Despite remarkable successes, Deep Reinforcement Learning (DRL) is not robust to hyperparameterization, implementation details, or small environment changes (Henderson et al. 2017, Zhang et al. 2018). Overcoming such sensitivity is key to making DRL applicable to real world problems. In this paper, we identify sensitivity to time discretization in near continuous-time environments as a critical factor; this covers, e.g., changing the number of frames per second, or the action frequency of the controller. Empirically, we find that Q-learning-based approaches such as Deep Q- learning (Mnih et al., 2015) and Deep Deterministic Policy Gradient (Lillicrap et al., 2015) collapse with small time steps. Formally, we prove that Q-learning does not exist in continuous time. We detail a principled way to build an off-policy RL algorithm that yields similar performances over a wide range of time discretizations, and confirm this robustness empirically.
(2019) Léonard Blier, Pierre Wolinski, Yann Ollivier: Learning with random learning rates, ECML 2019.
Hyperparameter tuning is a bothersome step in the training of deep learning models. One of the most sensitive hyperparameters is the learning rate of the gradient descent. We present the 'All Learning Rates At Once' (Alrao) optimization method for neural networks: each unit or feature in the network gets its own learning rate sampled from a random distribution spanning several orders of magnitude. This comes at practically no computational cost. Perhaps surprisingly, stochastic gradient descent (SGD) with Alrao performs close to SGD with an optimally tuned learning rate, for various architectures and problems. Alrao could save time when testing deep learning models: a range of models could be quickly assessed with Alrao, and the most promising models could then be trained more extensively. This text comes with a PyTorch implementation of the method, which can be plugged on an existing PyTorch model.
(2018) Léonard Blier, Yann Ollivier : The Description Length of Deep Learning Models, NeurIPS 2018
arXiv:1802.07044 Deep learning models often have more parameters than observations, and still perform well. This is sometimes described as a paradox. In this work, we show experimentally that despite their huge number of parameters, deep neural networks can compress the data losslessly even when taking the cost of encoding the parameters into account. Such a compression viewpoint originally motivated the use of variational methods in neural networks. However, we show that these variational methods provide surprisingly poor compression bounds, despite being explicitly built to minimize such bounds. This might explain the relatively poor practical performance of variational methods in deep learning. Better encoding methods, imported from the Minimum Description Length (MDL) toolbox, yield much better compression values on deep networks, corroborating the hypothesis that good compression on the training set correlates with good test performance.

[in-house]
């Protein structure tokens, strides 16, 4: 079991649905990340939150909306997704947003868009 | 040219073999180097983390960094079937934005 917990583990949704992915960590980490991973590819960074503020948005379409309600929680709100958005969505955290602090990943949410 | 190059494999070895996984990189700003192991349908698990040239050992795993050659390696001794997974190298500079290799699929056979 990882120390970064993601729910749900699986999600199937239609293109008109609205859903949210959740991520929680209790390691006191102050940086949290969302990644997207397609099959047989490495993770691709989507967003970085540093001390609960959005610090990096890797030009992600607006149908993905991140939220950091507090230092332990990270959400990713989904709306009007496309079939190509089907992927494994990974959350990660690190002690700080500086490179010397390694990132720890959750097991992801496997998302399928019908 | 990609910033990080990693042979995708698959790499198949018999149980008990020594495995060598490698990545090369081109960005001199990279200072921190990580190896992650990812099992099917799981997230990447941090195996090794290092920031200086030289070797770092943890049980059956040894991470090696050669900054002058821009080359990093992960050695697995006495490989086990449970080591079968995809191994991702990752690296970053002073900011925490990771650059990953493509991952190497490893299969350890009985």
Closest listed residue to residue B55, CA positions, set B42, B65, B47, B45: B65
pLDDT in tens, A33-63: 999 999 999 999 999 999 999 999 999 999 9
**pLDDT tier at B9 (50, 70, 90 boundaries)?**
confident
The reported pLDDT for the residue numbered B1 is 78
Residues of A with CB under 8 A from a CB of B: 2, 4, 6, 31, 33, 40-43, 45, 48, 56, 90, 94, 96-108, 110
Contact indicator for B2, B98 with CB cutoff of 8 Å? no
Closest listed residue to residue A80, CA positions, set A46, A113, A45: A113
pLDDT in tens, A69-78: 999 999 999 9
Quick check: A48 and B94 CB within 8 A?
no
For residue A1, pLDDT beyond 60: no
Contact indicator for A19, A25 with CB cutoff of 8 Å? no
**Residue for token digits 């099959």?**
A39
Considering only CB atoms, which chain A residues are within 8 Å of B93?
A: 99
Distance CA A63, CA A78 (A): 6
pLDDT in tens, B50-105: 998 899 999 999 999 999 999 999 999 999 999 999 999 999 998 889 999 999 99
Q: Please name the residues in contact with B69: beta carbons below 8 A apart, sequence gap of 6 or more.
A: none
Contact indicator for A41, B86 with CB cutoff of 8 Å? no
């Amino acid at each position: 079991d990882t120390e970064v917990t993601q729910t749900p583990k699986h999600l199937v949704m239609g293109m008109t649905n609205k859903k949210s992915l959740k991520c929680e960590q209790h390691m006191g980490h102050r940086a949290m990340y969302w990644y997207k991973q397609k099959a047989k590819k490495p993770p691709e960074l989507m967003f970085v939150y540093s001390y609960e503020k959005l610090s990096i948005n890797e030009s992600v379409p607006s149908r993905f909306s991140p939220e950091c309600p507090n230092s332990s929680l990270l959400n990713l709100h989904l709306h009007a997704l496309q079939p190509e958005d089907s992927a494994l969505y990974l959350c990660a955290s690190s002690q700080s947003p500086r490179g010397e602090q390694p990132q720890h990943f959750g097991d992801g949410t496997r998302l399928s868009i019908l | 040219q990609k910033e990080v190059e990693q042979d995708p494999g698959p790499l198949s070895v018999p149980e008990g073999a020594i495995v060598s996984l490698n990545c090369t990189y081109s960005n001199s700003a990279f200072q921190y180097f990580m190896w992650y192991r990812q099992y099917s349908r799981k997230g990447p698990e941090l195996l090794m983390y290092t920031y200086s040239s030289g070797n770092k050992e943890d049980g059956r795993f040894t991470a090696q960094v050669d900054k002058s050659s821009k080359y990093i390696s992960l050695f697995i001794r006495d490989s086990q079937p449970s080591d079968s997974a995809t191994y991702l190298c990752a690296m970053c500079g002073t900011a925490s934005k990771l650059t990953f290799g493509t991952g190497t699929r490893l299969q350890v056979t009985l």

For a more detailed presentation of this work, with an introduction to Kolmogorov Complexity theory and Solomonoff's induction theory, you can also read my Master Thesis : Universal Compression Bounds and Deep Learning
Open source projetcs
World Models: Reimplementation of World-Models (Ha and Schmidhuber 2018) in pytorch, with additional experiments. Blog post, Github
Pyvarinf: Python library for Bayesian Deep Learning with Pytorch. Github
convnets-keras: Python library proposing several trained convolutional neural networks for image classification and localisation, in Keras. Github
selective-inferenceSoftware for post-model selection statistical test with selective inference. Github